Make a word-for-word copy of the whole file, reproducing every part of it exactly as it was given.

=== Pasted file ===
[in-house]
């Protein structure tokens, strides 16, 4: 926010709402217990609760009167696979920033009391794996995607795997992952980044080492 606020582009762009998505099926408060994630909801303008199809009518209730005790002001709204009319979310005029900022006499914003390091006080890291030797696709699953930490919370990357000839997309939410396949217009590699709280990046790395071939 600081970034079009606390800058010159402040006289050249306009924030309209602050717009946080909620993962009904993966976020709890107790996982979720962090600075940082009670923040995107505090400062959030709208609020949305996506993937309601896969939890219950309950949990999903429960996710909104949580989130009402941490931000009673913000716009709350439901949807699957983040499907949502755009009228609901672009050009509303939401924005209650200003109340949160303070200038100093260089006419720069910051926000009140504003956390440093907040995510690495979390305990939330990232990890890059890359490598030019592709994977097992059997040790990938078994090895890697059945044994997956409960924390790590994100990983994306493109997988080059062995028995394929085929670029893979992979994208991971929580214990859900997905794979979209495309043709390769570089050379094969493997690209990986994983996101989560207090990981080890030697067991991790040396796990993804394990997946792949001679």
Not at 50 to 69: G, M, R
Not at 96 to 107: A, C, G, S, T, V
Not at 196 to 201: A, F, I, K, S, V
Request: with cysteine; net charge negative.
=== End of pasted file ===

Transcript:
[in-house]
């Protein structure tokens, strides 16, 4: 926010709402217990609760009167696979920033009391794996995607795997992952980044080492 606020582009762009998505099926408060994630909801303008199809009518209730005790002001709204009319979310005029900022006499914003390091006080890291030797696709699953930490919370990357000839997309939410396949217009590699709280990046790395071939 600081970034079009606390800058010159402040006289050249306009924030309209602050717009946080909620993962009904993966976020709890107790996982979720962090600075940082009670923040995107505090400062959030709208609020949305996506993937309601896969939890219950309950949990999903429960996710909104949580989130009402941490931000009673913000716009709350439901949807699957983040499907949502755009009228609901672009050009509303939401924005209650200003109340949160303070200038100093260089006419720069910051926000009140504003956390440093907040995510690495979390305990939330990232990890890059890359490598030019592709994977097992059997040790990938078994090895890697059945044994997956409960924390790590994100990983994306493109997988080059062995028995394929085929670029893979992979994208991971929580214990859900997905794979979209495309043709390769570089050379094969493997690209990986994983996101989560207090990981080890030697067991991790040396796990993804394990997946792949001679």
Not at 50 to 69: G, M, R
Not at 96 to 107: A, C, G, S, T, V
Not at 196 to 201: A, F, I, K, S, V
Request: with cysteine; net charge negative.